Flexible & Hybrid Working

What Is Hybrid Working?

Hybrid working is a type of flexible working where the employee splits their time between the workplace and working remotely. For example, an employee works two days a week in the office, and three days a week from home.

Employers should consider updating and adapting their existing flexible working policy to include hybrid working as a specific category, alternatively, they may wish to introduce a specific hybrid working policy.

It is important to remember that hybrid working cannot be a ‘one size fits all’ solution. While setting up policies, practices, and new ways of working, covers the process part, implementing hybrid working will require consideration of what culture shift may be required in the workplace.

Why Consider a Hybrid Working Model?

A hybrid working model can balance the benefits of working in the workplace and working remotely.

ACAS advises hybrid working can help:

  • Increase productivity
  • Increase job satisfaction
  • Attract and retain a more diverse workplace
  • Improve trust and working relationships

What Do I Need To Consider When Implementing a Hybrid Working Policy?

If a business is considering the introduction of a permanent hybrid working model, consideration should be given to the following:

Employment Contracts

The Employment Rights Act requires employees to have written terms and conditions of employment. One clause in the contract must relate to the place of work for the employee. If hybrid working is to take place, the change to the workplace should be reflected in the employment contract. Employment contracts may already have built-in flexibility for an employee’s place of work, such as a mobility clause. If there isn’t a mobility clause, the employees must be consulted about the proposed change to make them aware of what is proposed and that it will represent a permanent change to their contract of employment.

Any amendments to an employee’s location of work should be reasonable and justified to avoid breaching the implied term of trust and confidence. The change should be recorded in writing.

In addition, there should be clarity about the expectations of whether employees are required to attend the workplace on particular days during the week, whether employees will have flexible working start and finish times, and who is responsible for the fees associated with working from home such as electricity, broadband and calls.

Homeworking Policy

A homeworking policy (or reflecting current policies to include those working from home), should deal with how employees working from home will be supervised, what the best practice for communication with colleagues will be, and how performance will be monitored.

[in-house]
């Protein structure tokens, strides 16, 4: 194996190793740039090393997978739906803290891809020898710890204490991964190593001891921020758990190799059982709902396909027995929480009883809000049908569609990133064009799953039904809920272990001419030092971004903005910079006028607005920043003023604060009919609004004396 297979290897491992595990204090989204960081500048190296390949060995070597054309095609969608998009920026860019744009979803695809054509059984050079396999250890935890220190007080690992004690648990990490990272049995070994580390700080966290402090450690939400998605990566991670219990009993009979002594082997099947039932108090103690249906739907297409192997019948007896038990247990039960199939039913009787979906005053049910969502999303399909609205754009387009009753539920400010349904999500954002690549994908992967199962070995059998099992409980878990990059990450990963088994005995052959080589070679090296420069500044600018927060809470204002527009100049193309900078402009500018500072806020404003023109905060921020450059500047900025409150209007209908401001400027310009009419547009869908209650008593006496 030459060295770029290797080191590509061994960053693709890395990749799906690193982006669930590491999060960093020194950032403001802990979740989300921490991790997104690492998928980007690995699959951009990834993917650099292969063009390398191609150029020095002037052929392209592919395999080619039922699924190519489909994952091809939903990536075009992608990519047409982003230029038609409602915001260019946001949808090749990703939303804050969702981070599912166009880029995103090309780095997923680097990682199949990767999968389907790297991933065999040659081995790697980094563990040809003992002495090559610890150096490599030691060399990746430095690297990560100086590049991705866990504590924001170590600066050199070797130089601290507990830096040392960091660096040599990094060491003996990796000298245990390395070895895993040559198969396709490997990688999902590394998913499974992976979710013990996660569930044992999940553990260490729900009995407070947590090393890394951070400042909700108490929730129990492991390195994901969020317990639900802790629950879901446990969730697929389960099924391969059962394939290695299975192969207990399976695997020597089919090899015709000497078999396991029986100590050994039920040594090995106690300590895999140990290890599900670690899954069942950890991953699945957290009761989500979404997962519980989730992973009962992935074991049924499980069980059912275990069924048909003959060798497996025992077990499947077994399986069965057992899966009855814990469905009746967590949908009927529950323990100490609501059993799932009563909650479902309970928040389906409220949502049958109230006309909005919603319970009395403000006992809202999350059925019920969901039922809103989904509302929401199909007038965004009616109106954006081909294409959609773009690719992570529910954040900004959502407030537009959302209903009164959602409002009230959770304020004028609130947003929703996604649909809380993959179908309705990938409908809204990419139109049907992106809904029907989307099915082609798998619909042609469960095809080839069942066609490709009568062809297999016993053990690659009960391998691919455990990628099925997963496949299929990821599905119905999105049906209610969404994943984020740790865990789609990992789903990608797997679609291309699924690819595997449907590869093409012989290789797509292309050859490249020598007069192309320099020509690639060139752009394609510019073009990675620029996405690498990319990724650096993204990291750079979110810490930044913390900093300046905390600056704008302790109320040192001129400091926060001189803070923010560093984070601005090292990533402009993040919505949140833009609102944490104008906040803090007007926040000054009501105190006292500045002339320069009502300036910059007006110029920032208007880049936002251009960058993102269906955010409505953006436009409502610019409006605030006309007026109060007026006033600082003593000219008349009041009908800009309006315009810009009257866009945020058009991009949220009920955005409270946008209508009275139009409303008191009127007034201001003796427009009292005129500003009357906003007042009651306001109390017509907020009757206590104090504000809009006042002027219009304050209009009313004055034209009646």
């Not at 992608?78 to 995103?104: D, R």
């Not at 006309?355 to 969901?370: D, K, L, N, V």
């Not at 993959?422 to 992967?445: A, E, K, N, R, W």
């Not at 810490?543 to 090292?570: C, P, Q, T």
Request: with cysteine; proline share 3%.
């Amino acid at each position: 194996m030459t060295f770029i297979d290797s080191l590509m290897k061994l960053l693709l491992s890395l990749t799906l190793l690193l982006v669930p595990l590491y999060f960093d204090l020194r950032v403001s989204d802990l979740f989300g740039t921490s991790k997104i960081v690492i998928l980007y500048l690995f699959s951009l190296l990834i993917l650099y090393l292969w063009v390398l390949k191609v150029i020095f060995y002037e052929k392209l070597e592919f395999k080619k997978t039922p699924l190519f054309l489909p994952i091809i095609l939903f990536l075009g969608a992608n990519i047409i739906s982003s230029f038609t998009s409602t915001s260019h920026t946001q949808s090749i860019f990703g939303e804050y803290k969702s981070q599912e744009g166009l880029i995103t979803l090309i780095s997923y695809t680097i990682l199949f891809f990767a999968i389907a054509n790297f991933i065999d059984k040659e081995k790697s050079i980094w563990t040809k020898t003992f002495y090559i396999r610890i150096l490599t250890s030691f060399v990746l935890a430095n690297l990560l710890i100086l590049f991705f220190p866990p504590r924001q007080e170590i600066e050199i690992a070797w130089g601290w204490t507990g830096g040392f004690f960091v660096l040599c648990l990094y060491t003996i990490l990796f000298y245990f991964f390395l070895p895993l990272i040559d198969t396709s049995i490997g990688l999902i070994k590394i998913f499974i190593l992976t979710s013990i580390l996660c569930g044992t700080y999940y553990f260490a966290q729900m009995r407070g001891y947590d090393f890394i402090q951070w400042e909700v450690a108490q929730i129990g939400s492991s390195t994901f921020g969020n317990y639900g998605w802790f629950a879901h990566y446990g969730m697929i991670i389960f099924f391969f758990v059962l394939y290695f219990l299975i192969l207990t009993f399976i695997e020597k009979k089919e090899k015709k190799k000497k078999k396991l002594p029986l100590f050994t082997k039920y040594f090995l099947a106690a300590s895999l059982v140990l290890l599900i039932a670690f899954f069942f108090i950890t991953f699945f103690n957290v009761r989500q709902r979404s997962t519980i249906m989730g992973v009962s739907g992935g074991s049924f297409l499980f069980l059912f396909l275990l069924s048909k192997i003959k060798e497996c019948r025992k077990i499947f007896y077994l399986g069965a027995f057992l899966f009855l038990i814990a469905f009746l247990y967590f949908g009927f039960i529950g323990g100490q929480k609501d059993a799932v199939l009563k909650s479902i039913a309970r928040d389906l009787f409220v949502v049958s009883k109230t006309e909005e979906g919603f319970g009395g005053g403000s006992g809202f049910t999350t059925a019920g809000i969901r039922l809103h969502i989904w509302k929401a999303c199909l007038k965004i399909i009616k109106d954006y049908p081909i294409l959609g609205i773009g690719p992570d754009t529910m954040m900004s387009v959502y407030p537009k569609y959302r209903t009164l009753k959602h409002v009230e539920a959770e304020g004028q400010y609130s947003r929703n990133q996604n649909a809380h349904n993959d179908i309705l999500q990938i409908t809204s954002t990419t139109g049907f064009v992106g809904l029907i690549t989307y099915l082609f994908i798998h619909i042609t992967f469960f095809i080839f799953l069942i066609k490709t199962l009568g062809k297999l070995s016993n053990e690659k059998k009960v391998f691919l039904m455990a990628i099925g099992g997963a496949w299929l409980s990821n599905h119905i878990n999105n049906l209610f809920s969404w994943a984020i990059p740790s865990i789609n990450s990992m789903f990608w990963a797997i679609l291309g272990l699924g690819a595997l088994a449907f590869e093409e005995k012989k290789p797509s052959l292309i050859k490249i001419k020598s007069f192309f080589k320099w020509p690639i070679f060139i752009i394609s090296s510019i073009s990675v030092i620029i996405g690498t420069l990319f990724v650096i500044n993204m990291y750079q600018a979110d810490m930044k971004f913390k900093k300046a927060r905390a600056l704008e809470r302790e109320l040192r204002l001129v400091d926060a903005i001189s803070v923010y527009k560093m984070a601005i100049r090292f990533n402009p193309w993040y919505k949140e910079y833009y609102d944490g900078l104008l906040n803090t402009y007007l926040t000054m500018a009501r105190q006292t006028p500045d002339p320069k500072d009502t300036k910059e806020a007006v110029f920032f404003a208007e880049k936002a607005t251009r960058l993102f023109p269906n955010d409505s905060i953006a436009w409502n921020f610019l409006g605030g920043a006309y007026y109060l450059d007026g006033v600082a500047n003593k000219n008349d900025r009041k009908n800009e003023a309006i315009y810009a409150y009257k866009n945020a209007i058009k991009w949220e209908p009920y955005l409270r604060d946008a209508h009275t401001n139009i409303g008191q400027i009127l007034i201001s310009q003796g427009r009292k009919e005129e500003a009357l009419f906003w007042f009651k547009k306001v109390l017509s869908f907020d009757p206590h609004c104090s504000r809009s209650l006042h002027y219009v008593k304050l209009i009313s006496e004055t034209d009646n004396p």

Businesses should ensure that data protection and confidentiality, as well as cyber security, are present in the staff handbook to specifically deal with issues that can occur when working from home such as;

  • Under a hybrid model, staff are more likely to be taking confidential information between the office and home. Instructions must be issued as to the organisational arrangements for the security of confidential information.
  • When laptops are being moved from the business environment, consideration should be given to whether there should be an encryption device installed on the laptop and whether there are additional security measures that are put in place for the movement of paper copies of documents in a secure conveyance which is password protected.

Mandatory data security training should take place to deal with what defines confidential information, the employee’s obligations to keep it secure, and the consequences of non-compliance are essential. It is also important to remind employees about home security, confidential information, keeping passwords safe, and shredding documents securely.

IT and Equipment

It is important to record which equipment is being provided for staff working from home in any hybrid working policy. It is also important to consider who will provide IT services and how they will provide this remotely. Ergonomic furniture should be installed in the home of the worker to ensure that the same standards of health and safety that they would experience at the place of business are maintained at home.

Employee Wellbeing

Businesses owe their employees a duty of care. It is very important to consider both the physical and mental aspects to support employee’s wellbeing whilst they work from home.

Regular online meetings may be the way forward, with team meetings to enable workers to meet online and have catch-up calls to allow for early recognition of stress and isolation. Undertake risk assessments of all work activities carried out by employees working from home. If a business can show that it has actively:

  • considered and managed a risk
  • communicated the risk measures to staff
  • monitored the effectiveness of the preventative measures and
  • adapted procedures to suit new challenges

it will be able to prove that it has taken “reasonable steps” to prevent the foreseeable risk of harm to employees. Employers should continue to deal with flexible working requests within the statutory timeframes and in a reasonable manner.

If your business is considering a change to its current working practices, our highly regarded and friendly People Services team can assist you in implementing a hybrid working policy from initial consideration to full implementation.


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